JERUSALEM (Nov. 24)
Jerusalem’s deputy mayor touched a raw nerve in Israel when he was quoted as saying the country does not need immigrants from the former Soviet Union because they only bring corruption and crime.
In an interview with the local weekly newspaper Jerusalem, Rabbi Haim Miller said immigration from the former Soviet Union is hurting Israel.
The new immigrants are “ruining the country,” the haredi, or fervently Orthodox, politician was quoted as saying.
“They brought corruption here [and] pork. We don’t know who is a Jew and who isn’t, and in the meantime, they have only brought trouble to the state.”
The interview appeared weeks after a Russian immigrant soldier was stabbed to death during a violent argument that broke out in an Ashkelon cafe.
The fight, in which the four suspected assailants are of Sephardi background, was believed to have been fueled by ethnic tensions.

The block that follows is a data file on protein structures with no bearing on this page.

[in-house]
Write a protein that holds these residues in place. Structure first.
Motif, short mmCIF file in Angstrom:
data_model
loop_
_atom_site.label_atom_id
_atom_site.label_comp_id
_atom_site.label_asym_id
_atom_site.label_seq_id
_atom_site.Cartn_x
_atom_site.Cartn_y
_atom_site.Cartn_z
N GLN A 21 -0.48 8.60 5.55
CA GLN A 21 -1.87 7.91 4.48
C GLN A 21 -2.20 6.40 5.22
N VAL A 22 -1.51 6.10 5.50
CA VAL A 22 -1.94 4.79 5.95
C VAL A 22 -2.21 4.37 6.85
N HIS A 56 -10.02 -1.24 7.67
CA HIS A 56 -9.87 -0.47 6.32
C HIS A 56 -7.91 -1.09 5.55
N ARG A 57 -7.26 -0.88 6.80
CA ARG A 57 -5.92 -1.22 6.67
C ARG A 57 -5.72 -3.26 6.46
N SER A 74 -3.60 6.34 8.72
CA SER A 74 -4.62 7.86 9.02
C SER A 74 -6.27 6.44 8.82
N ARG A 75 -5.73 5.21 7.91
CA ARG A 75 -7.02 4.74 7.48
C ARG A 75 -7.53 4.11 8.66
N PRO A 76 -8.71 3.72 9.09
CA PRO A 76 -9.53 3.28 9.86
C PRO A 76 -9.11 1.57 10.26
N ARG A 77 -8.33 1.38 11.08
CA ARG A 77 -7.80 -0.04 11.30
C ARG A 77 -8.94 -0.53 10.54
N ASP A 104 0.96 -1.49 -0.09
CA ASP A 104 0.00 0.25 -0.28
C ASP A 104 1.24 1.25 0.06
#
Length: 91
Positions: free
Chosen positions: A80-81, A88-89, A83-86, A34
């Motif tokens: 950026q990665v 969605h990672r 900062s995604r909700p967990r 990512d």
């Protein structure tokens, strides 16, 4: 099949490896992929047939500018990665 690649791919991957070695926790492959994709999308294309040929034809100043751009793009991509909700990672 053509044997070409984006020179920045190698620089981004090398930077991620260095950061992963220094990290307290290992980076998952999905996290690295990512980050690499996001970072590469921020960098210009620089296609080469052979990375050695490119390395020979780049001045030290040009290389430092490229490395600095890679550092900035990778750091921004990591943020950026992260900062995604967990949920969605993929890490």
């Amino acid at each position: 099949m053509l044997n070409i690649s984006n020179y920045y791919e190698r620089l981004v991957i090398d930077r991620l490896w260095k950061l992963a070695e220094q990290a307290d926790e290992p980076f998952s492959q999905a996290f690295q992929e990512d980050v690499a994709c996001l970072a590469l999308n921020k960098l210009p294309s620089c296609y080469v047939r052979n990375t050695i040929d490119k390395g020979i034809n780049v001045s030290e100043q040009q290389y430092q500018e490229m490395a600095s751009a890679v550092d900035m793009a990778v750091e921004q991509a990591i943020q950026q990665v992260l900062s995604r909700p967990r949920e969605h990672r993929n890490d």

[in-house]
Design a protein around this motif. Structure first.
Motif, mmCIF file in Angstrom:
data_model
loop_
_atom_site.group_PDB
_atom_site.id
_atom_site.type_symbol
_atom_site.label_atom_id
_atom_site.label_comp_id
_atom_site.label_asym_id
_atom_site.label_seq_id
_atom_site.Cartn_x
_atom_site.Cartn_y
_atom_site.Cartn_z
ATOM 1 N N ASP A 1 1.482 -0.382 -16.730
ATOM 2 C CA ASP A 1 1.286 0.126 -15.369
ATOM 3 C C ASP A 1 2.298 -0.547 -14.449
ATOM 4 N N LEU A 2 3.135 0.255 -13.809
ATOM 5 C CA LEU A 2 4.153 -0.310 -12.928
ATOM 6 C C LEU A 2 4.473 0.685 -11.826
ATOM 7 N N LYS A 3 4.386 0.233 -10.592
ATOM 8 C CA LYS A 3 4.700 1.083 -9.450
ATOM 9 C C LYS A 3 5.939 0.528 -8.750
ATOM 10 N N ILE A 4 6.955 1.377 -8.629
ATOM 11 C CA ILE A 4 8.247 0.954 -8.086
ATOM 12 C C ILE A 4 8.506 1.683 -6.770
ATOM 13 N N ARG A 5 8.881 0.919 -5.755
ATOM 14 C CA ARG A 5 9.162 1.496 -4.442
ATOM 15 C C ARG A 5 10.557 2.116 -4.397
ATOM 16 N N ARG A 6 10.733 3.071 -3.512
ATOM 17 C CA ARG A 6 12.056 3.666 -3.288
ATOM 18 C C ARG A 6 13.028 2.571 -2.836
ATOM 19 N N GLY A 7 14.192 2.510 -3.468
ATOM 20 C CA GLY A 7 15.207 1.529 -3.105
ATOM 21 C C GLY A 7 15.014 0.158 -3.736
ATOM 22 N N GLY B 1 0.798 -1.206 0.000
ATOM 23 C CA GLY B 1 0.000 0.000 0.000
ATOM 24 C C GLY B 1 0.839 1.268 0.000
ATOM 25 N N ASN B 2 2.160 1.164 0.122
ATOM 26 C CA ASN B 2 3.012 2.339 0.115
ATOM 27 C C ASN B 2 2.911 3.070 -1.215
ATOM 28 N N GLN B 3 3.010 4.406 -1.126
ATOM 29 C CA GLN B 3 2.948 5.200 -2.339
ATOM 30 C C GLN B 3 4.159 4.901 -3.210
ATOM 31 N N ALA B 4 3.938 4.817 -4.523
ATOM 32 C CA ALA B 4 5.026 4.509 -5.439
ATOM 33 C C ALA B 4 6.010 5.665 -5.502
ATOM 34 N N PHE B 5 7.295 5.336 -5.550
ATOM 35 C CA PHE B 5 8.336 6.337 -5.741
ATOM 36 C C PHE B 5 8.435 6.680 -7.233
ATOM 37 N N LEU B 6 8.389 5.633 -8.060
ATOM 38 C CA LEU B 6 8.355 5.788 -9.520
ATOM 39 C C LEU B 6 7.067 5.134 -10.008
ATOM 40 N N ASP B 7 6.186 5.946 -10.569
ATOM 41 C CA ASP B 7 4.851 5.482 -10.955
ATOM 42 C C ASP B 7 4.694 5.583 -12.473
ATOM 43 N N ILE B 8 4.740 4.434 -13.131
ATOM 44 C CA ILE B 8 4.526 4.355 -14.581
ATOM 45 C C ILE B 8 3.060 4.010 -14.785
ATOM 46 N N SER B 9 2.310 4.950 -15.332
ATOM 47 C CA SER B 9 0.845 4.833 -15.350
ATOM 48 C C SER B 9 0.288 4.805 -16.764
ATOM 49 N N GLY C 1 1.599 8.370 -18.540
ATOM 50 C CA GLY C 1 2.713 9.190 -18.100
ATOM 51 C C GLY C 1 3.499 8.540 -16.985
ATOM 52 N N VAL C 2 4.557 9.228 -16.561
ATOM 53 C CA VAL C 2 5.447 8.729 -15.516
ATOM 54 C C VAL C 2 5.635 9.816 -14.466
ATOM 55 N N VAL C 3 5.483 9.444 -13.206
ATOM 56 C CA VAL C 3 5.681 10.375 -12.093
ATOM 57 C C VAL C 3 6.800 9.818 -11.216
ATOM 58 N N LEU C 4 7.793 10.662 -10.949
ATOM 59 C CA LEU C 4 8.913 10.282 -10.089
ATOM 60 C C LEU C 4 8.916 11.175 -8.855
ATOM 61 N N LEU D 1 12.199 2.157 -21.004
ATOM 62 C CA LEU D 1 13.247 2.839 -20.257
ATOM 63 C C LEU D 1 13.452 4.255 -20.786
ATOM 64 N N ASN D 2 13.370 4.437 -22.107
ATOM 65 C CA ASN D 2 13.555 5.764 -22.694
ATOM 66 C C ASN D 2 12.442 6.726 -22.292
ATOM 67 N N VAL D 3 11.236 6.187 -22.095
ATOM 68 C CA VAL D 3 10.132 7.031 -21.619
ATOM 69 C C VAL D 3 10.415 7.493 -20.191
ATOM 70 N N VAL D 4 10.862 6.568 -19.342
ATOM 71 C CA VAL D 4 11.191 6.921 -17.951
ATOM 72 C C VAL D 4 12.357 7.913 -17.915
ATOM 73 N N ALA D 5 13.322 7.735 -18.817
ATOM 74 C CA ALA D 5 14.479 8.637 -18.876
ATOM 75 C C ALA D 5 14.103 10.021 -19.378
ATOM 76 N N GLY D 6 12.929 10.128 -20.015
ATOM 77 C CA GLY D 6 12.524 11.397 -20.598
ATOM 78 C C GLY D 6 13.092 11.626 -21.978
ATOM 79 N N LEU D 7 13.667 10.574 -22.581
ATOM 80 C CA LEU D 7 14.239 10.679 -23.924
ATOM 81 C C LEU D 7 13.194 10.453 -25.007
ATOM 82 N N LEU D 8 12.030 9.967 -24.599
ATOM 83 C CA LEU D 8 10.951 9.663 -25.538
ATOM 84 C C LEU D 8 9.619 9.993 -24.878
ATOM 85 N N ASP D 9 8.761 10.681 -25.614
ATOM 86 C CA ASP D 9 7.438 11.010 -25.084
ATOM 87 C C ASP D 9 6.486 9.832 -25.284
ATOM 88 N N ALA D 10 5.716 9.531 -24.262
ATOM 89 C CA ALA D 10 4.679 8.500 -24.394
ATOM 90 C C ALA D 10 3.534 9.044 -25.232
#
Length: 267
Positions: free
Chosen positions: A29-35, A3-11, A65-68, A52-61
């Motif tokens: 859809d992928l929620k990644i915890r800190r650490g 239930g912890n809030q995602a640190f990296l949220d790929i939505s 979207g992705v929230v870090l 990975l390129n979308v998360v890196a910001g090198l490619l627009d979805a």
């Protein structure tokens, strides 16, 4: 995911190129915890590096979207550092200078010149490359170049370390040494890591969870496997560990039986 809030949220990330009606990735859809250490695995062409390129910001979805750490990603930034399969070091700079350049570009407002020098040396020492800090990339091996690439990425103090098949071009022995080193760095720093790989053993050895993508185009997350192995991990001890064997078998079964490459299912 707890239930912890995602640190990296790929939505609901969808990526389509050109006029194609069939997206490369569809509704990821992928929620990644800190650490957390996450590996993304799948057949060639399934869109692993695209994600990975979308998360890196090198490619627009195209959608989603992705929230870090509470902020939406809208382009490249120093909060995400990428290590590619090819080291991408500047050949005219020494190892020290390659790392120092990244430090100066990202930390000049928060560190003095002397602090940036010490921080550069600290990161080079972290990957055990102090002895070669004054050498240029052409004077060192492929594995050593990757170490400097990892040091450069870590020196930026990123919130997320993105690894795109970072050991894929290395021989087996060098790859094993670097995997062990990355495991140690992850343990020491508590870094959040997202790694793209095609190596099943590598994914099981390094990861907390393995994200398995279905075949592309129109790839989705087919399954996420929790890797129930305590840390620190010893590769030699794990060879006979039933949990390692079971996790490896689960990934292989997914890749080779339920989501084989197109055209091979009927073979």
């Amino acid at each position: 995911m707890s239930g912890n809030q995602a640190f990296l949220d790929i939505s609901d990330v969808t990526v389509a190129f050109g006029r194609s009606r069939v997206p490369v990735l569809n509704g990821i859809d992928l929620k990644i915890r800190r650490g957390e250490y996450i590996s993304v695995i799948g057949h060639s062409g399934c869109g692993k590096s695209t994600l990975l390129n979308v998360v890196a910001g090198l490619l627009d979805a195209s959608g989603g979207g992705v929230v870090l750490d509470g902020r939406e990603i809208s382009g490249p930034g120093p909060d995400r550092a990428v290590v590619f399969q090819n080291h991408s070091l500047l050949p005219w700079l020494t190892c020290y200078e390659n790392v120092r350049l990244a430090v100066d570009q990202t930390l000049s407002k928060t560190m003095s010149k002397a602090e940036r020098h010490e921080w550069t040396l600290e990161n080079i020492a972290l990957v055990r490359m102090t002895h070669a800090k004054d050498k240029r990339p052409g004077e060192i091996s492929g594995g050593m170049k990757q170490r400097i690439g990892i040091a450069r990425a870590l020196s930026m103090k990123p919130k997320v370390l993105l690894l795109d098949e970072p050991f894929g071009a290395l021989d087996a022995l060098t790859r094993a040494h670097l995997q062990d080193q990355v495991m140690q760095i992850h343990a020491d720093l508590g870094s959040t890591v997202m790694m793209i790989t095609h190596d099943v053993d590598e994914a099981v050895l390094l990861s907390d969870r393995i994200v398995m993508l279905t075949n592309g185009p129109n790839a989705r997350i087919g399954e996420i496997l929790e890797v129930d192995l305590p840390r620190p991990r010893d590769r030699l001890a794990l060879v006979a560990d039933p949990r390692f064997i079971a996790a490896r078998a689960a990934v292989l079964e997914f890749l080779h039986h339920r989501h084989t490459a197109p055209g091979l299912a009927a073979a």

Following the stabbing, President Ezer Weizman appealed for an effort to defuse tensions between veteran and immigrant Israelis.
This week, the Israeli daily Ma’ariv reported that prosecutors had decided not to indict the four for murder, despite a police recommendation to do so.
Miller’s quoted comments sparked angry demands that he resign.
Chaim Chessler, an official with the Jewish Agency for Israel, called on Jerusalem Mayor Ehud Olmert to block Miller from holding any public duties because of the “racist statements.”
He also called on the haredi political parties to expel him.
“I can imagine the angry reaction in the haredi public if a leader of the immigrant community declared that the haredim are corrupt, ruining the country and are not needed,” Chessler said in a letter to Olmert.
Chessler, who used to head the Jewish Agency’s mission to the former Soviet Union, said in the letter, “I can testify that more than a few immigrants were haredi Orthodox and religiously observant.”
Miller’s quoted remarks prompted the Knesset Immigration and Absorption Committee to convene a special session this week to discuss how to deal with the case.